"One of my favorite goalies is Carey Price and I also like Braden Holtby, as well, and they've both taken different routes to the NHL," Hart said. "Both are some of the great goalies in the league. Holtby came in a little later and Price was thrown in as a 20-year-old. … The Flyers have had a lot of good prospects the past few years. To see a couple of guys like (Travis) Konecny and (Ivan) Provorov jump in as 19-year-olds is something pretty special. You don't see too many guys doing that. It shows how much they value their young prospects and how much they care about their development."

Obviously, the Flyers thought enough of Hart to make him the first goaltender selected in the 2016 NHL draft, and during the team's development camp, general manager Ron Hextall couldn't help but praise his second-round pick.

"Quite honestly, it's almost hard for me to relay that a 17-year-old understands what he's got to do to become a pro and hopefully an NHL goalie one day," Hextall said. "Typically, kids are 20, 21, 22 before they realize, 'You know what? I gotta get better.' He's impressive."

Since Hart won't turn 19 until August, he has just two options for next season -- return to his WHL team for a fourth year or join the Flyers as a rookie much like Provorov and Konecny did. Hart said he's fine either way because he's come to accept the Philly way.

Just trust the process.

2019 Stanley Cup Playoffs schedule: Capitals, Hurricanes set for Game 7 clash

usa_rod_brindamour_hurricanes.jpg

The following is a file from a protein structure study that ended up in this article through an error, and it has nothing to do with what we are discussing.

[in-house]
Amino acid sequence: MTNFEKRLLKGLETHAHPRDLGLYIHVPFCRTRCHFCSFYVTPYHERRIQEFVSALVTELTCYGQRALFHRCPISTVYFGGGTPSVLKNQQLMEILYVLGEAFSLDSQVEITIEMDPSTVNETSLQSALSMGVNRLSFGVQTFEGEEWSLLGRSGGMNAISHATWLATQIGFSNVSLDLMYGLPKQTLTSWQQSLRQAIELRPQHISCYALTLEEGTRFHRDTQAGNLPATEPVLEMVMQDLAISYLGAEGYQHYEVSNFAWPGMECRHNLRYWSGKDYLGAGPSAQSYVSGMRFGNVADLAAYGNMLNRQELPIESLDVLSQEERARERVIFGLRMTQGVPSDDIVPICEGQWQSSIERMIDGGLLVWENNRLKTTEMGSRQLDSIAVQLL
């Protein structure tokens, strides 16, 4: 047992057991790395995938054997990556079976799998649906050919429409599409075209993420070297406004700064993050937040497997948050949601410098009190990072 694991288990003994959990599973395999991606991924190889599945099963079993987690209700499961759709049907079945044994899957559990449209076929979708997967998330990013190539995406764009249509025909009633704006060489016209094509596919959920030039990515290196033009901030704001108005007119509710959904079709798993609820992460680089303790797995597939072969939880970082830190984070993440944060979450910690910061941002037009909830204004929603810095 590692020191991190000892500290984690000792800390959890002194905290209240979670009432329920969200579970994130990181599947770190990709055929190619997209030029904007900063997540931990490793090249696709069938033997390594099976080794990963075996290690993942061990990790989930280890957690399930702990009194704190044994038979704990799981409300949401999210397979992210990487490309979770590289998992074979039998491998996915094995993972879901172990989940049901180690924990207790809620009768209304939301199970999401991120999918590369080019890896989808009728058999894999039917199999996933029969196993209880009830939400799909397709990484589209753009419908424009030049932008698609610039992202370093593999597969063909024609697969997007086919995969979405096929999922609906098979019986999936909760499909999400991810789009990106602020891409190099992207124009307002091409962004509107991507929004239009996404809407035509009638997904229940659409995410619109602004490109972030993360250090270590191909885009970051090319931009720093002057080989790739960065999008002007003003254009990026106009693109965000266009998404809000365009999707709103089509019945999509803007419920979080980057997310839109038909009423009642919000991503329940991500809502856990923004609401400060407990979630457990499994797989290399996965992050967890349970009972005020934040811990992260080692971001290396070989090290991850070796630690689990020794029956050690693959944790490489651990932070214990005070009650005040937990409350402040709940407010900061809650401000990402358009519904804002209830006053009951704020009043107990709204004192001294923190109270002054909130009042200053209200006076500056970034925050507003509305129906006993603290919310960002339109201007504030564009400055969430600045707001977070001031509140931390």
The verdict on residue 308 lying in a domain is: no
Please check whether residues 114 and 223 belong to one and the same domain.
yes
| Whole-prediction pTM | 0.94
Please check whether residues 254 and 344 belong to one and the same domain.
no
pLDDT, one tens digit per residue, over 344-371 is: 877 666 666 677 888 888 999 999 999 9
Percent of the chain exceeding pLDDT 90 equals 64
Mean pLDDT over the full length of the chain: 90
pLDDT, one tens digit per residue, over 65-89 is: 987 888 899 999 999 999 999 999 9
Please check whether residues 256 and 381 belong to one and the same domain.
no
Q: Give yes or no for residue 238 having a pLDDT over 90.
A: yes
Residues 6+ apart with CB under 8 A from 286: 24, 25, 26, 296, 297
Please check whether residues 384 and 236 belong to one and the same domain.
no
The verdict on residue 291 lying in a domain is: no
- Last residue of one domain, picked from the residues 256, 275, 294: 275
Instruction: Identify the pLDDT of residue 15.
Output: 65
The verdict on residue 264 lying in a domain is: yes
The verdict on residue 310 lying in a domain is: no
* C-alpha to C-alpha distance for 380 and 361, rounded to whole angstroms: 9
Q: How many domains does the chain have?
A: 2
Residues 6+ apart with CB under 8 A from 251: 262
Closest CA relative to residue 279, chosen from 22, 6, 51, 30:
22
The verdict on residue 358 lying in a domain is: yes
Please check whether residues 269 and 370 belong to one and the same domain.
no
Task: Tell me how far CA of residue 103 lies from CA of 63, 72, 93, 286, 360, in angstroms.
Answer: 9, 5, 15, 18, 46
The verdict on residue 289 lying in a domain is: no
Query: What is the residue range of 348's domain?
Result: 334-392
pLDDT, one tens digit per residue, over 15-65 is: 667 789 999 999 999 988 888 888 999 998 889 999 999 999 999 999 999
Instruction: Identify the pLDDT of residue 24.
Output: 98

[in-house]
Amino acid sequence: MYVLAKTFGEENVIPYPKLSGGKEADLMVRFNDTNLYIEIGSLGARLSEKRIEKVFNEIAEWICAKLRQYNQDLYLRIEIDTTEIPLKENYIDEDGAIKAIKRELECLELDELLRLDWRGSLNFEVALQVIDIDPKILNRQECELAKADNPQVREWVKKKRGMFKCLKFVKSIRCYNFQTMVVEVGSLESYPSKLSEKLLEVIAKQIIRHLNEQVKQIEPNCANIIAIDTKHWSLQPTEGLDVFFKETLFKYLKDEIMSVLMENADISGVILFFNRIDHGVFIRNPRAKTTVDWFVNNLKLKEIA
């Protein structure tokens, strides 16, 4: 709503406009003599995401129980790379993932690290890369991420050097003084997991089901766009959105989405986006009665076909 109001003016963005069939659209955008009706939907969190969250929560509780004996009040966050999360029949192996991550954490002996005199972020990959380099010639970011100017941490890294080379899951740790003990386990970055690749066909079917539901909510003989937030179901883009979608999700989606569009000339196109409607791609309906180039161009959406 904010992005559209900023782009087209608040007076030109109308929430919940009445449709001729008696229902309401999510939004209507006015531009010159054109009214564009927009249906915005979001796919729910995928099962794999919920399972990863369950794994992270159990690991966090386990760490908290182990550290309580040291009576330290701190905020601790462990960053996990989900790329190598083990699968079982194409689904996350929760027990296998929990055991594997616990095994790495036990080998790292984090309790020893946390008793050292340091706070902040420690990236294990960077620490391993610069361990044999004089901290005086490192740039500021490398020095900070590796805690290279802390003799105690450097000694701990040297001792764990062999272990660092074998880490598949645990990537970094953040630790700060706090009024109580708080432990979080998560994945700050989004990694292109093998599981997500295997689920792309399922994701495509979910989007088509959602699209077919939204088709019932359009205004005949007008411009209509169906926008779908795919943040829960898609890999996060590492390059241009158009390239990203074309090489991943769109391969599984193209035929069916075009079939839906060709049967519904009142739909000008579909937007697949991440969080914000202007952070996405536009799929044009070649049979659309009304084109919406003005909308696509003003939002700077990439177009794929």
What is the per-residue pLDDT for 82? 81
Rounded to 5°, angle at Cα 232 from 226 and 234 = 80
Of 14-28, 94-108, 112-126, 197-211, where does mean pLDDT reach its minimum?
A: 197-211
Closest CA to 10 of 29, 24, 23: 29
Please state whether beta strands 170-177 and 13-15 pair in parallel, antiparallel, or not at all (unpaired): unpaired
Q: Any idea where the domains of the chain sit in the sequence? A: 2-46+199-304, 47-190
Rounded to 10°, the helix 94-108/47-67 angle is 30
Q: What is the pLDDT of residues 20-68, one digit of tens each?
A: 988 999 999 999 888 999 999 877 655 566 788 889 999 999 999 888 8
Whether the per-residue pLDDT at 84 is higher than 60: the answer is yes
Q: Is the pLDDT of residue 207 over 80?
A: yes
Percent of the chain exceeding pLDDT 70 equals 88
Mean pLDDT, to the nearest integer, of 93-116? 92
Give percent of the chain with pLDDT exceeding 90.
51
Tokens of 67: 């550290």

USA Today Images

2019 Stanley Cup Playoffs schedule: Capitals, Hurricanes set for Game 7 clash

There were two Game 7 matchups Tuesday night.

On Wednesday night, we've got another one and it should be good as the defending champion Capitals try to put away the Rod Brind'Amour-led Hurricanes, who are in the playoffs for the first time since 2009.

The first-round series hasn't lacked fireworks or physicality. Game 7 should be no different.

Below is the full schedule for Day 15 of the 2019 Stanley Cup Playoffs. You can watch the entire playoffs on the networks of NBC. 

Carolina Hurricanes at Washington Capitals (tied 3-3)
Game 7, Eastern Conference first round
7:30 p.m. ET | TV: NBCSN | Live stream here

Don't lose perspective with Flyers prospect Jay O'Brien

Don't lose perspective with Flyers prospect Jay O'Brien

Updated: 5:13 p.m.

The Flyers saw both ends of the spectrum with their first-round picks from the 2018 draft.

While Joel Farabee shined at Boston University this season (see story), Jay O'Brien struggled to find his game at Providence College.